Potbellied pigs have a sway back, large stomach (pot belly) short snouts relative to other breeds of pigs, small rounded pricked ears, straight tails and many times have wrinkly faces. They come in all black, pure white, black with white markings, white with black markings, and a silver color. Adult pigs are covered with course, dense bristles. Most have a 'mane' or 'mohawk' that runs along the top of the neck and topline. The mohawk bristles can be raised and lowered depending on the pigs emotional state. Upright bristles can indicate aggressive feelings, but the mohawk is also raised when the pig is very content.

Potbellied pigs have very fine bones relative to their size. They have hooves that consist of two main toes and two dewclaws. The dewclaws touch the ground in many cases. Male potbellied pigs grow tusks even if neutered. Females will also grow tusks, but these teeth remain very small.

They range in size from about that of a cocker spaniel to that of a small Labrador retriever. Although the size is comparable to that of dogs, a pig is much denser than a dog. Potbellied pigs will weigh from 50 to 200 pounds at maturity (2 -4 years).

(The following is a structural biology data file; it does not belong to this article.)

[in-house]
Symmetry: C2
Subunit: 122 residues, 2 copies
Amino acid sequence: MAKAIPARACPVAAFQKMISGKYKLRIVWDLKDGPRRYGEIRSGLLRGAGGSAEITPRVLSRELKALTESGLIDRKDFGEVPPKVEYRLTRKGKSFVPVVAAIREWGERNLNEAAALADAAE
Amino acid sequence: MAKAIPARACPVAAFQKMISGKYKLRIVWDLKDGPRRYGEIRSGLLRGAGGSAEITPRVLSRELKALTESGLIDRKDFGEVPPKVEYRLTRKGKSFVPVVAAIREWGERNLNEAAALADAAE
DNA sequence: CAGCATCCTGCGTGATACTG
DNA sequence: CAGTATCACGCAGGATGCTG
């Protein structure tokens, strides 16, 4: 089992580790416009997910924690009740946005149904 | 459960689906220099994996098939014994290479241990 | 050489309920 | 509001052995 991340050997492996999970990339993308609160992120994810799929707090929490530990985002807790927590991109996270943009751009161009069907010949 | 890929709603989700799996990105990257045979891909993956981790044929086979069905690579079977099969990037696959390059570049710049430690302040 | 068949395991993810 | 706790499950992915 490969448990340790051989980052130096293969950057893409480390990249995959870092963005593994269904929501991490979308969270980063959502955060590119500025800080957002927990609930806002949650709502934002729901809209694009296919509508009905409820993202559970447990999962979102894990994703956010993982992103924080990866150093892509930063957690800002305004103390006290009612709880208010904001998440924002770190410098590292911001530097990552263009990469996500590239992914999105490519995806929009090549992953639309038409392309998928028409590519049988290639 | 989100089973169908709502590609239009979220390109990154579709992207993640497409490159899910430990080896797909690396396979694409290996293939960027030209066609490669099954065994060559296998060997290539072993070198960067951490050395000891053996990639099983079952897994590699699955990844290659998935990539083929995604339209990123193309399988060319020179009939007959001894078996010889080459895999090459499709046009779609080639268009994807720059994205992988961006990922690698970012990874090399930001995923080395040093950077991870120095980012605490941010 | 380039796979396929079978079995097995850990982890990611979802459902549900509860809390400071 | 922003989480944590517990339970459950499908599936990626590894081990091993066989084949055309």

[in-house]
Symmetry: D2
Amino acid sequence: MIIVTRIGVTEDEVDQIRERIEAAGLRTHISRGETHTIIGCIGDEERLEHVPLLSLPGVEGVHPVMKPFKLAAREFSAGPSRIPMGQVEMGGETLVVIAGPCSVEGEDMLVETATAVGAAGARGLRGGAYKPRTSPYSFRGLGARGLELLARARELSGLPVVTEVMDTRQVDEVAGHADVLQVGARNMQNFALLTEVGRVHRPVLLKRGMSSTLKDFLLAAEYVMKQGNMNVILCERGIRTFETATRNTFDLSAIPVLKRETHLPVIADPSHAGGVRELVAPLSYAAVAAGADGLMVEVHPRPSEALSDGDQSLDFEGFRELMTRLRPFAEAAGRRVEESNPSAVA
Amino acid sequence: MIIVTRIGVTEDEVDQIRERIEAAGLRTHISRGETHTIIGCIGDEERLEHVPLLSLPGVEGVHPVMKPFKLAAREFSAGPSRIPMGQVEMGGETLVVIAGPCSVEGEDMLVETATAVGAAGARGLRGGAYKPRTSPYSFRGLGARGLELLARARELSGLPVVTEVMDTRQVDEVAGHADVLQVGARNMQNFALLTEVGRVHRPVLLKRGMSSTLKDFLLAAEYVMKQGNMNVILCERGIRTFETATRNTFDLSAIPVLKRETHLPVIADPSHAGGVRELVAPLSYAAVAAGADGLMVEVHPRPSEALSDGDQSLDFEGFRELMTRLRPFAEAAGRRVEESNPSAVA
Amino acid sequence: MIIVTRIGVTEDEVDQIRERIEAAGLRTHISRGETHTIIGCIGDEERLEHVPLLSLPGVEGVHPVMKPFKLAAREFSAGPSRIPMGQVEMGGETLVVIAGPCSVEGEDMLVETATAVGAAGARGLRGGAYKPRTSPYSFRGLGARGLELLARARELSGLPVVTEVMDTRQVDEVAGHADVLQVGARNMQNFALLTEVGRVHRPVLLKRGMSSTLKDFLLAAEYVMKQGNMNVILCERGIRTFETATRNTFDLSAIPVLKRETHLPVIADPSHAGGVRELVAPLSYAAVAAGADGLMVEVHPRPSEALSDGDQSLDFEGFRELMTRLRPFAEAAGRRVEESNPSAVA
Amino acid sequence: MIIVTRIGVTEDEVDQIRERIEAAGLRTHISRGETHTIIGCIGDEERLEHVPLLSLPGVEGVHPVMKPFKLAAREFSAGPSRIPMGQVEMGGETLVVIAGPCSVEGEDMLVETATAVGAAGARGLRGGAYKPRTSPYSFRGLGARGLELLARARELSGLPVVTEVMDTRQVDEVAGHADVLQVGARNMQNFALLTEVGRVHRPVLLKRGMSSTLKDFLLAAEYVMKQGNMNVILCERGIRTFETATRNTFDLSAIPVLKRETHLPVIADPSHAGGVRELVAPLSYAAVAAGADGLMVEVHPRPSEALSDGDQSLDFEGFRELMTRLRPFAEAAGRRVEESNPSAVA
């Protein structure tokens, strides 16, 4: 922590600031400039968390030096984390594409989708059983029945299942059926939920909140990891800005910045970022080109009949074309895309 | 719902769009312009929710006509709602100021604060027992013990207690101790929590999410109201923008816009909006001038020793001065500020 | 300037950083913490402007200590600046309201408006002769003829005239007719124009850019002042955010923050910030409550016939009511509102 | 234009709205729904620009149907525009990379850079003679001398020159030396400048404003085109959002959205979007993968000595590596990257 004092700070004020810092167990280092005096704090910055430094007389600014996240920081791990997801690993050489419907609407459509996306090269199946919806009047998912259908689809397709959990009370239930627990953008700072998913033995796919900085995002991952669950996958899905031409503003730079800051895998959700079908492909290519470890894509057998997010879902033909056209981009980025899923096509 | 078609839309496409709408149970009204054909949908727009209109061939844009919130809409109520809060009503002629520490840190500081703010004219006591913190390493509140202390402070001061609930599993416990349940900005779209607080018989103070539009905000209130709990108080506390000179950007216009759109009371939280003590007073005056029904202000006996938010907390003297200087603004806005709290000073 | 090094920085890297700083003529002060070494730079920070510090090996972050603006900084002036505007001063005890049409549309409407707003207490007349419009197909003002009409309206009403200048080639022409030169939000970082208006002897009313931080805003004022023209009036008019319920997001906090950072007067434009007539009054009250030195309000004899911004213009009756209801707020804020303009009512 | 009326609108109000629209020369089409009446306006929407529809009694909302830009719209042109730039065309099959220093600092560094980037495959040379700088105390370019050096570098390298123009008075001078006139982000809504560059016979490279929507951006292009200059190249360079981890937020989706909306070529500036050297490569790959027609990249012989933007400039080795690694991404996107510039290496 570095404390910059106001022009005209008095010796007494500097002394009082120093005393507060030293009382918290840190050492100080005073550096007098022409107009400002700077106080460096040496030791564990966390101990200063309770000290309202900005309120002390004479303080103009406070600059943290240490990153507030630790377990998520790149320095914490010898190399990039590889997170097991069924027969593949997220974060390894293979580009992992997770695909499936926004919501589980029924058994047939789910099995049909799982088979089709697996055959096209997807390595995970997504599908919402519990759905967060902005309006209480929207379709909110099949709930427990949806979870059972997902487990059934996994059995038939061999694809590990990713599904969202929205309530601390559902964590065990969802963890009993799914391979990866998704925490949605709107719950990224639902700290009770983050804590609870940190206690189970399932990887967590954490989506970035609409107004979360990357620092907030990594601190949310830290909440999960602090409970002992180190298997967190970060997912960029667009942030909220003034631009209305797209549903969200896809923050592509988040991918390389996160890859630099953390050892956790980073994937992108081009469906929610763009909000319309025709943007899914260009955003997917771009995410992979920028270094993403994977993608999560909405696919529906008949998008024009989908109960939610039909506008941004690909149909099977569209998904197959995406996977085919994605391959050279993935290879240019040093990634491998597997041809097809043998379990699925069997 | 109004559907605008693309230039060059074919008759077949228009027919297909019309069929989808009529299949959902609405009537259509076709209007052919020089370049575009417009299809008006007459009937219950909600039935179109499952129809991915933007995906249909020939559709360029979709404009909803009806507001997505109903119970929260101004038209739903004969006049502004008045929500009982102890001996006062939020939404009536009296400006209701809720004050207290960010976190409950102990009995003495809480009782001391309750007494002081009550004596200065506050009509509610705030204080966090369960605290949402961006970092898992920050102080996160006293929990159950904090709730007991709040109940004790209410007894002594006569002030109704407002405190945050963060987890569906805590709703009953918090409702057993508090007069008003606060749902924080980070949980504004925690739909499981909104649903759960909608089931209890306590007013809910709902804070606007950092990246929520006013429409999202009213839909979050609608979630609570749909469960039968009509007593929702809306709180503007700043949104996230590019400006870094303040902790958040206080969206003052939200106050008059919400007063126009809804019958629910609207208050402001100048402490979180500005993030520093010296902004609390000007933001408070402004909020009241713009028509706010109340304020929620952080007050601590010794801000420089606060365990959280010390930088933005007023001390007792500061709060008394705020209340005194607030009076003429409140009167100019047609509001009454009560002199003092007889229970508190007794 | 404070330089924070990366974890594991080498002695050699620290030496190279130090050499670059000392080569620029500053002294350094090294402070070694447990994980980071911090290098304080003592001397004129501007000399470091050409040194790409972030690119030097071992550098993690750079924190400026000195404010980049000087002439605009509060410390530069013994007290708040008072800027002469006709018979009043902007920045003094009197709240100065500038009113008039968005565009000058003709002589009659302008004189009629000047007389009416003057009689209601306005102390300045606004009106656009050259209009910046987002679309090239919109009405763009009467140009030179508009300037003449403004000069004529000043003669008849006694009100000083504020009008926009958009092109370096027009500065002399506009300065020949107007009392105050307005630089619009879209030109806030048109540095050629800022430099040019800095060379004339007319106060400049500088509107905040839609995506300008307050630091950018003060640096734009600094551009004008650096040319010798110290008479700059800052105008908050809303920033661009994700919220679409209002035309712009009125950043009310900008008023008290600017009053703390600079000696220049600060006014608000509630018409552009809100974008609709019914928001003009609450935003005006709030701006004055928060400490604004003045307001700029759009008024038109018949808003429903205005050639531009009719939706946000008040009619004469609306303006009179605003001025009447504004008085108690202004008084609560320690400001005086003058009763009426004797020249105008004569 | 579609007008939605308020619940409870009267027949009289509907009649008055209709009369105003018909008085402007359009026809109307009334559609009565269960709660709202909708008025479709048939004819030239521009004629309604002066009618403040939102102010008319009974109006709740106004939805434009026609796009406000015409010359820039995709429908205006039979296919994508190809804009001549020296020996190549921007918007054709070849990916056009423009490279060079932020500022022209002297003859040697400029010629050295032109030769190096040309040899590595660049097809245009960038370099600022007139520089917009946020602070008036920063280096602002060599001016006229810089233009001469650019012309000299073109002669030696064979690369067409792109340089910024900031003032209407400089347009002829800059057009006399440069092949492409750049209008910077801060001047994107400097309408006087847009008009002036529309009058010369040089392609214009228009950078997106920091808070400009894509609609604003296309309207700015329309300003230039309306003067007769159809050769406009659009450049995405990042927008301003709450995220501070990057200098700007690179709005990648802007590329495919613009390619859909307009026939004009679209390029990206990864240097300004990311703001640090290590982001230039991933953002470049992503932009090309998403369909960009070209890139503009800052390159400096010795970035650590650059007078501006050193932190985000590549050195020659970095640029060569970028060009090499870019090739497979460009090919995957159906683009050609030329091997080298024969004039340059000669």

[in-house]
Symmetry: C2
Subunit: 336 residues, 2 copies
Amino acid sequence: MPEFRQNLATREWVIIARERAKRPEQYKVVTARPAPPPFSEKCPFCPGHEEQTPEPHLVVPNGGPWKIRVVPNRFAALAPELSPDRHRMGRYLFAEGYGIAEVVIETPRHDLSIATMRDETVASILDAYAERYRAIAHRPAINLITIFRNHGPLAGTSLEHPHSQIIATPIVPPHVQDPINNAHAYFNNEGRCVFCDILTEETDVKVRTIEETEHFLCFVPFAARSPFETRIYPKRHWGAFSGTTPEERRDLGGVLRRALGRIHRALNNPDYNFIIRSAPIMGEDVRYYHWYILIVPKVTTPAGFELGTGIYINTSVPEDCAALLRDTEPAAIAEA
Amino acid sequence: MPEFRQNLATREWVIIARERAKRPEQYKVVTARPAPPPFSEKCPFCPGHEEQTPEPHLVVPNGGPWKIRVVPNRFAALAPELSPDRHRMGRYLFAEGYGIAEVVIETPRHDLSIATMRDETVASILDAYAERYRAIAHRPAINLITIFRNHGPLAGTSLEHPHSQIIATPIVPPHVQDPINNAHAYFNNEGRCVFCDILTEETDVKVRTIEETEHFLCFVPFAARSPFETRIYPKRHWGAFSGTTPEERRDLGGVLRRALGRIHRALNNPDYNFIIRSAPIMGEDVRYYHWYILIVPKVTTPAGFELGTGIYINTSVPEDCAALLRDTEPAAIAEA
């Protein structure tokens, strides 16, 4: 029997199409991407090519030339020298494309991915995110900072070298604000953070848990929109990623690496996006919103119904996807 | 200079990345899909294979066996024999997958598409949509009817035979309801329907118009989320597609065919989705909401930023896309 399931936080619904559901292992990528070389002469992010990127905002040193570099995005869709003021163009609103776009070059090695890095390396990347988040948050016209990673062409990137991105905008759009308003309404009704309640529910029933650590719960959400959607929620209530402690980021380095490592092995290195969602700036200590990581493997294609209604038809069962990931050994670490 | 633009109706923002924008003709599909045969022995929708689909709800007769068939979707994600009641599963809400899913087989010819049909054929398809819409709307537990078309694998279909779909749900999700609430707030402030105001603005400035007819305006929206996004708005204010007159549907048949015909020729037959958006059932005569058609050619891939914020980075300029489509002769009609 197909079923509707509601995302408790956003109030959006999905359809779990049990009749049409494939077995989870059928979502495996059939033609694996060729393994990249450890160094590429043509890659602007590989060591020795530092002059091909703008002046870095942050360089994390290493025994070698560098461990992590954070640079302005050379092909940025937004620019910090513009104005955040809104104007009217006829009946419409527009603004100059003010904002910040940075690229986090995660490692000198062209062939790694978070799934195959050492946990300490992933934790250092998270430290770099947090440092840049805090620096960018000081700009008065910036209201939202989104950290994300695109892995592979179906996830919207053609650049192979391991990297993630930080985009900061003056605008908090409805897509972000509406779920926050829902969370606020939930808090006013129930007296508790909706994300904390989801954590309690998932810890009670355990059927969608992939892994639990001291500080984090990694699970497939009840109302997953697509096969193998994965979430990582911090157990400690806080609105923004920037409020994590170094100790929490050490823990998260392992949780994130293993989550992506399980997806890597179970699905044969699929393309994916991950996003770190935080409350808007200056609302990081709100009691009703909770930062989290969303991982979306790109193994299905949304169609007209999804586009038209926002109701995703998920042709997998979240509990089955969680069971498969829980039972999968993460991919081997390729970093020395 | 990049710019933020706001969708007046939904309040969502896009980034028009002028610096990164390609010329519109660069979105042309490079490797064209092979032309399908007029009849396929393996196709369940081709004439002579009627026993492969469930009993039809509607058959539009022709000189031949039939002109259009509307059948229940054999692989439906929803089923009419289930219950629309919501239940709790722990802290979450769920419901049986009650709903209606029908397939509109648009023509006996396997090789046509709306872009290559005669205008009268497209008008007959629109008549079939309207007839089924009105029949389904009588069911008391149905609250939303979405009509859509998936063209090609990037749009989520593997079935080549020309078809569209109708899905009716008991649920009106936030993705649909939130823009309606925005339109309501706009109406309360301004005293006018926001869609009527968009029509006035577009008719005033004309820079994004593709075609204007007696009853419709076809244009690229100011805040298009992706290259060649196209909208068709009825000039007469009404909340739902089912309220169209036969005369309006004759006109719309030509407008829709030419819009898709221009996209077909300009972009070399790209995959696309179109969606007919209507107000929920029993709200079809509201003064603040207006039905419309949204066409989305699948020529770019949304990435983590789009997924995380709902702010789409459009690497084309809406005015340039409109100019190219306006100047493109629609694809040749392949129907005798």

Although they don't mature emotionally or grow to their full size until 2-3 years, potbelly boars are fertile as young as 8 weeks and females are sexually mature at 4-5 months. Because they have been kept as pets for such a short time it is uncertain what their lifespan will be, but is estimated to be from 15 – 20 years.

They have relatively short legs and long dense bodies, thus are not as agile as dogs. It will be more difficult to get them in and out of a car, or have them negotiate steps as they mature. Potbellied pigs can interbreed with regular barnyard "hogs" as well as the European Wild Boar as all are in the genus and species, Sus scrofa. In general, a potbellied pig/hog cross will have a curly tail instead of the straight potbelly tail.